At the end of 2020, Vianney Sserubambula finally went all in on his childhood dream of becoming a humanitarian.
He started Prince V's Charity Initiative, eponymously named after his moniker Prince V.
While he had been doing some small-scale charity work since childhood, especially at Nsambya Babies Home, which is near his home -- the 27-year-old decided to quit his teaching profession and fully focus on running his charity organization.
The organization, which focuses on underprivileged children, is mostly self-funded with some contributions from friends and well-wishers.
Prince V says he aims at "inspiring as many young people as I can into charity ambassadorship".
"I keep on advising young people that its not about the money. We can be generous with our time and talent to others," he told me in a phone conversation. "I sometimes go tell stories and dance with kids in the orphanage and I call it a day."
Prince V's Charity Initiative has already implemented a number of projects, including supporting the construction of St. Lillian Children's Home in Zirobwe, Gayaza -- which currently accommodates 30 kids who are also taking lessons in playing the violin, guitar and keyboard, among other musical instruments.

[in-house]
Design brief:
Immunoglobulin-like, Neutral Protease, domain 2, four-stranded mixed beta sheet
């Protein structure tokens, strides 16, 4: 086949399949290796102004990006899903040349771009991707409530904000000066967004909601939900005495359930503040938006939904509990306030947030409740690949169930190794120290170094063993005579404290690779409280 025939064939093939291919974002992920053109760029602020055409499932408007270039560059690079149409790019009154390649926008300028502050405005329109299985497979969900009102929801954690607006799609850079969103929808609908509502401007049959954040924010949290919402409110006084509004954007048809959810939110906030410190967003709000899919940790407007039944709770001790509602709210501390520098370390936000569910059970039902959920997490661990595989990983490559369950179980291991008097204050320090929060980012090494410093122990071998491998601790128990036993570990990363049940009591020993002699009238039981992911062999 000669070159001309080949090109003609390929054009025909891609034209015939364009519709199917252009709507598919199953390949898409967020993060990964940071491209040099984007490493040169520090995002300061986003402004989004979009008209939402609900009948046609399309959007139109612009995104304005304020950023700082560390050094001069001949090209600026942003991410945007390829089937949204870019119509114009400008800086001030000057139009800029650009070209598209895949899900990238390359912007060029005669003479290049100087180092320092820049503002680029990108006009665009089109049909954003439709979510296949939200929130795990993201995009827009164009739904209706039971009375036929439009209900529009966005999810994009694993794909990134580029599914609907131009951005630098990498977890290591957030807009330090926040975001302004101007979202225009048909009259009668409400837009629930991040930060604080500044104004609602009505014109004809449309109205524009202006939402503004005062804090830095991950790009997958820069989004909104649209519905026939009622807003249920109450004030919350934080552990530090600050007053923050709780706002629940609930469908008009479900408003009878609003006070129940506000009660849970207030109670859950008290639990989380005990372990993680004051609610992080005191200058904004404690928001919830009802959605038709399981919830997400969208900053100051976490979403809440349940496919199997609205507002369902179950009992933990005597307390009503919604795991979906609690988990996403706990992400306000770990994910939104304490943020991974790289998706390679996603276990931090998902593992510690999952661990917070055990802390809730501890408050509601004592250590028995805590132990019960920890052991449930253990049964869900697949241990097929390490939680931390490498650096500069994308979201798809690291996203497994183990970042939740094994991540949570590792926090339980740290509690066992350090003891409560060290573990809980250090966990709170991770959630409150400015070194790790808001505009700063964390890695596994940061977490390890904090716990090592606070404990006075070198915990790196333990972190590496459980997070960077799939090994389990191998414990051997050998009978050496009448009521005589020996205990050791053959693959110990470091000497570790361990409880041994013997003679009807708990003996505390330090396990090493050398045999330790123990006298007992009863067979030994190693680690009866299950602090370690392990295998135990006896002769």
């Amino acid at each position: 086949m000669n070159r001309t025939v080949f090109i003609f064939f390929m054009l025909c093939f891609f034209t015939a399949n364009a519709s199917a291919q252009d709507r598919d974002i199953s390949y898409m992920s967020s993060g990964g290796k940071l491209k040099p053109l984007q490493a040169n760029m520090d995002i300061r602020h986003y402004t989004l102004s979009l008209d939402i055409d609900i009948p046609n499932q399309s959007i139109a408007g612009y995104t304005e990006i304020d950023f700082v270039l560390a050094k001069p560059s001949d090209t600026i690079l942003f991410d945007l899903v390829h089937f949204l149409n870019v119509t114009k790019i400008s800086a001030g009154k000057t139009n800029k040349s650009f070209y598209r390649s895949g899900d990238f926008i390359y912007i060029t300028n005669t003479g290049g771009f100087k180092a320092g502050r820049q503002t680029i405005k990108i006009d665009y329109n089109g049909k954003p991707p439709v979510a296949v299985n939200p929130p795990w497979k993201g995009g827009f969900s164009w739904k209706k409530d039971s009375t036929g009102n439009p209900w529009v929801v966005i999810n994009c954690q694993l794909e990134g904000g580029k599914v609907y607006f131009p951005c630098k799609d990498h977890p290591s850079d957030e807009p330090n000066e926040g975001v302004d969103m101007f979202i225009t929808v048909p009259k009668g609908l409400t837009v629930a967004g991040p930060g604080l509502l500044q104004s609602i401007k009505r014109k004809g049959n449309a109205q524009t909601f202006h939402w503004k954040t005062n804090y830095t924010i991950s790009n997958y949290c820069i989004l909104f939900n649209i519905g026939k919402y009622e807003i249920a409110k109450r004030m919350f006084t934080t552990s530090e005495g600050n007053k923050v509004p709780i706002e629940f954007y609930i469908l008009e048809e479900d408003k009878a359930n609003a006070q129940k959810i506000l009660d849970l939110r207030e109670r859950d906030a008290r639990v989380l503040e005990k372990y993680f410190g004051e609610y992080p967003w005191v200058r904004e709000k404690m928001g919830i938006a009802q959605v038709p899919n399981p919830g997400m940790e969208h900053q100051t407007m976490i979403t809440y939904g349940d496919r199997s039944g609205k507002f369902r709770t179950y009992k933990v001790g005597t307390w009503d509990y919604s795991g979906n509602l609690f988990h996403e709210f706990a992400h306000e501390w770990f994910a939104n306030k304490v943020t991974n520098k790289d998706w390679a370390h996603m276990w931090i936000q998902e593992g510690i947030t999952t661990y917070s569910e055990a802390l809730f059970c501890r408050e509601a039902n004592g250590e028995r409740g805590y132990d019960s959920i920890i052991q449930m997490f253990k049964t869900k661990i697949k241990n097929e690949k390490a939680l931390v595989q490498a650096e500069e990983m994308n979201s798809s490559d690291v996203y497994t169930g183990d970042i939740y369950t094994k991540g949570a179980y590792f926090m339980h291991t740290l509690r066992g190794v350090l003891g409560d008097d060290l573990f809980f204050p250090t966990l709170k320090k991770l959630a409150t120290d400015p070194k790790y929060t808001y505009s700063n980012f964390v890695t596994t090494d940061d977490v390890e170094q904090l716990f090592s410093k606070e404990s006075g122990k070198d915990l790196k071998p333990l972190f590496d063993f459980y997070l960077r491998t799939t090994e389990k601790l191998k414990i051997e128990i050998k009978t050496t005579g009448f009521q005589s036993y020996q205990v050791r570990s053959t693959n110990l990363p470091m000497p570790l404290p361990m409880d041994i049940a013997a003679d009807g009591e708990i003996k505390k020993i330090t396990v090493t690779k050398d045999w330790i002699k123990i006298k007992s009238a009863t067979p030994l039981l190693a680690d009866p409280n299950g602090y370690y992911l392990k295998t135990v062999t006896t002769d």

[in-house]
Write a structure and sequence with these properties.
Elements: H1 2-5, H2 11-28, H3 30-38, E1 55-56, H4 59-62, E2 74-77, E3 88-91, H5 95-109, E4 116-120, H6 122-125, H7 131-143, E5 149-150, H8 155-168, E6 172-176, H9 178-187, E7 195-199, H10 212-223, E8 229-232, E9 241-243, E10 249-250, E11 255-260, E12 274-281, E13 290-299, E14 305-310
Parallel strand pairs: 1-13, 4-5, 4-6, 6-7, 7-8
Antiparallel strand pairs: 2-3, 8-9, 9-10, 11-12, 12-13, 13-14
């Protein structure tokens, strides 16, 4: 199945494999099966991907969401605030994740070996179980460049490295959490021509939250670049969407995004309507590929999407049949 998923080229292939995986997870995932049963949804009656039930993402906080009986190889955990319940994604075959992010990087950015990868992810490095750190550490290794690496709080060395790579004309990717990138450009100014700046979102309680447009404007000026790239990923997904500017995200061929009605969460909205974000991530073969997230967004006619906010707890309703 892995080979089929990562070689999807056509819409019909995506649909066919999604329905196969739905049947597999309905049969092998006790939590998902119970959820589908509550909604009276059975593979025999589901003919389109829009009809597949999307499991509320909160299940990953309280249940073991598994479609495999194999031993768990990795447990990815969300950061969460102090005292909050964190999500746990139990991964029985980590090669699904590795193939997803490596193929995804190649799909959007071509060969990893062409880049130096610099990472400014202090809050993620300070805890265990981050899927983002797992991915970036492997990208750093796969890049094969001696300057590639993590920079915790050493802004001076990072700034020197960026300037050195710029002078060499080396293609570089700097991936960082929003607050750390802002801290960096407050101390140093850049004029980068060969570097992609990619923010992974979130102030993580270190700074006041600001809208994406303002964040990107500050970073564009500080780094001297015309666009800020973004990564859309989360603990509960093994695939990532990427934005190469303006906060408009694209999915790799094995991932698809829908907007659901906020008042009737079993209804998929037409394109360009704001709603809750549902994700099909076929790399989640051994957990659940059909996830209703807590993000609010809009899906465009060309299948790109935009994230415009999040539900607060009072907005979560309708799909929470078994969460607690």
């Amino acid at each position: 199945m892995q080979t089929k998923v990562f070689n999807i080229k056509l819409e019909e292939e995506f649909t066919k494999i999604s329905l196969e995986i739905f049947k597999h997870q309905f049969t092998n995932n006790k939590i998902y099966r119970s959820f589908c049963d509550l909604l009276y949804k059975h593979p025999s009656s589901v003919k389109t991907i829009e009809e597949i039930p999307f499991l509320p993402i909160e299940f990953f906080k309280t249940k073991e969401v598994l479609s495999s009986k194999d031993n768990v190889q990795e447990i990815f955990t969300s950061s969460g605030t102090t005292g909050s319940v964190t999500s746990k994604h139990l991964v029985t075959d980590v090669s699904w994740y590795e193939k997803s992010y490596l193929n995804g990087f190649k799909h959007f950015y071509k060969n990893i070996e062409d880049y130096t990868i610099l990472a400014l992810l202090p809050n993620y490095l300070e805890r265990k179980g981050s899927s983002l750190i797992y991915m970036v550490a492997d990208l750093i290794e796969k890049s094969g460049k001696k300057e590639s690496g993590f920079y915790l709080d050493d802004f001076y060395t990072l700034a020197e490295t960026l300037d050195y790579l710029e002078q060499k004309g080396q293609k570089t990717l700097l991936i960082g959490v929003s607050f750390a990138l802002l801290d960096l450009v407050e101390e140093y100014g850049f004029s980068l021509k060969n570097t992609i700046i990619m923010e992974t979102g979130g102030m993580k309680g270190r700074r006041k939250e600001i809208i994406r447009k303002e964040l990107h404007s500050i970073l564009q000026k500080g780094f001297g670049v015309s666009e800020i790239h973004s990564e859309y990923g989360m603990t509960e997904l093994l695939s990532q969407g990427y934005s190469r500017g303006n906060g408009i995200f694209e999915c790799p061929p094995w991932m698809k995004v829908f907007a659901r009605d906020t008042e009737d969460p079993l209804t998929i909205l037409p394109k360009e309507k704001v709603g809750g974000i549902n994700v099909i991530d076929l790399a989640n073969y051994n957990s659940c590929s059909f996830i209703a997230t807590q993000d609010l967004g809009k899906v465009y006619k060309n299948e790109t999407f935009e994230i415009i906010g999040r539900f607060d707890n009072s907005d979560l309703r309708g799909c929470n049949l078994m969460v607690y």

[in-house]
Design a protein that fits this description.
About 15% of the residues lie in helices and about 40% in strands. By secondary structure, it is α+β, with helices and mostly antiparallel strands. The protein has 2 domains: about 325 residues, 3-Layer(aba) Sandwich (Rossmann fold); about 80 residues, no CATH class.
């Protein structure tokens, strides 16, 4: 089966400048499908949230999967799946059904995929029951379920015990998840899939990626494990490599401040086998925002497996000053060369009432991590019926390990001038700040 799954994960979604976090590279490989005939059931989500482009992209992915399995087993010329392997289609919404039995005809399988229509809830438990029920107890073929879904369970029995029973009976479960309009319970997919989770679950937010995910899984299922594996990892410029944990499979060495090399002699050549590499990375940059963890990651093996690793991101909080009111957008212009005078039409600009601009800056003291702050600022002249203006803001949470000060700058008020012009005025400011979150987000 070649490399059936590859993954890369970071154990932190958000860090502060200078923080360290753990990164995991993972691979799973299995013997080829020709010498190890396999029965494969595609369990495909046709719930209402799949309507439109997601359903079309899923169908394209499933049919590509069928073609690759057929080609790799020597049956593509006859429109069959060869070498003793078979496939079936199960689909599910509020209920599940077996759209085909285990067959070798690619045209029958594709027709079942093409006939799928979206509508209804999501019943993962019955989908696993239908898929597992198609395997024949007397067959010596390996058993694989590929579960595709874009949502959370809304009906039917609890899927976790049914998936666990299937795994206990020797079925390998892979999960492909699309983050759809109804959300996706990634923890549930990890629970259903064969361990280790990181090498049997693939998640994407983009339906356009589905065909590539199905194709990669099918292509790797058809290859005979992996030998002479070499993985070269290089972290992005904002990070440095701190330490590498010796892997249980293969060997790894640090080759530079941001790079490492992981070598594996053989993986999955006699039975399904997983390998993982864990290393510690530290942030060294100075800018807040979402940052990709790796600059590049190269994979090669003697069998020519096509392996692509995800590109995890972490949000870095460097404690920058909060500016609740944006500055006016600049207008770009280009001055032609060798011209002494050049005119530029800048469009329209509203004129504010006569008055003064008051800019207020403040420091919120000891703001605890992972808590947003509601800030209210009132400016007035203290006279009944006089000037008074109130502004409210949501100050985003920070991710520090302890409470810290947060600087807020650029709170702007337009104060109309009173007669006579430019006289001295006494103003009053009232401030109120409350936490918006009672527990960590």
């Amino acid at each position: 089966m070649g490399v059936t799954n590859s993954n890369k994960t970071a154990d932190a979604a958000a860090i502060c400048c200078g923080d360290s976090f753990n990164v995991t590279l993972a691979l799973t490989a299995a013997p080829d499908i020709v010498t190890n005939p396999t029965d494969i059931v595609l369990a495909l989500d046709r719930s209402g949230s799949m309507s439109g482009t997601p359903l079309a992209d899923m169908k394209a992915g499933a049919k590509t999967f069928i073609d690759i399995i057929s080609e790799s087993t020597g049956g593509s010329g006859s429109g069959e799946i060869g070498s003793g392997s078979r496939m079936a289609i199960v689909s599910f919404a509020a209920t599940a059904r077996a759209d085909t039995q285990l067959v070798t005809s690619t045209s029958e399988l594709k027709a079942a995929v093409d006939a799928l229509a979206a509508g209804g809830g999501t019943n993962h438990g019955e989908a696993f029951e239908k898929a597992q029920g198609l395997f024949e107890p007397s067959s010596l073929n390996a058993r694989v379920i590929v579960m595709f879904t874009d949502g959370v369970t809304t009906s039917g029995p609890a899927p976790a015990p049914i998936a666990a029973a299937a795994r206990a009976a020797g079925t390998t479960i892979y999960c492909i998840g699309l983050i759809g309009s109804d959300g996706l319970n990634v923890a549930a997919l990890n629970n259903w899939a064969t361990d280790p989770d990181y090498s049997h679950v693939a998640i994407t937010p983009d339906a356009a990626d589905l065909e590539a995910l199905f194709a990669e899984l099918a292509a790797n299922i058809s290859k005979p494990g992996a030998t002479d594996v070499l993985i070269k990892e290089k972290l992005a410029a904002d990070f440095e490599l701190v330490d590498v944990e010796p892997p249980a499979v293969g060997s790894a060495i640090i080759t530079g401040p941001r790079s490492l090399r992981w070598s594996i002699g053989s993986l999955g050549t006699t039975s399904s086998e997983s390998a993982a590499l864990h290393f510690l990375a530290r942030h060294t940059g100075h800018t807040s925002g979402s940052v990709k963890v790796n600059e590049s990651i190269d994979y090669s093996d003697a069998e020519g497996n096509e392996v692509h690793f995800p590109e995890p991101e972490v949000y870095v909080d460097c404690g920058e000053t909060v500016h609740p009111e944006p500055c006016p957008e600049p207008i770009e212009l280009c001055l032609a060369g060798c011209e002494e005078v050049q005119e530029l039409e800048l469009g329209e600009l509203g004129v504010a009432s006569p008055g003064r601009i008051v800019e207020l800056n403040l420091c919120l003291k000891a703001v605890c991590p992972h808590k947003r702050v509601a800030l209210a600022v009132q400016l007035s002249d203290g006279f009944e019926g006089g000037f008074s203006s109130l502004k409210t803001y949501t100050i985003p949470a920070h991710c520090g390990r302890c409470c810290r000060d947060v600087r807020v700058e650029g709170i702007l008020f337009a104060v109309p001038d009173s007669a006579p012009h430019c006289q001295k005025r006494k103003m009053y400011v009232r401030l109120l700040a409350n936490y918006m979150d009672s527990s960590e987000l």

Most of the children they render support to are disabled so they hope they will benefit from different talent development and skill projects like tailoring, making crafts, modeling, gymnastics, sports, and music.
"I believe that it is a collective effort and we can create a society where even the PWDs are included happily," Prince V told me, adding that they are fundraising for another children's home in Gayaza.
The organization's February campaign was 'Share the Road and Save a Life' and it focused on sensitizing Boda Boda riders on road use, as well as giving reflectors to 10,000 riders in districts of Kampala, Wakiso, Mukono, Luwero and Mitiyana.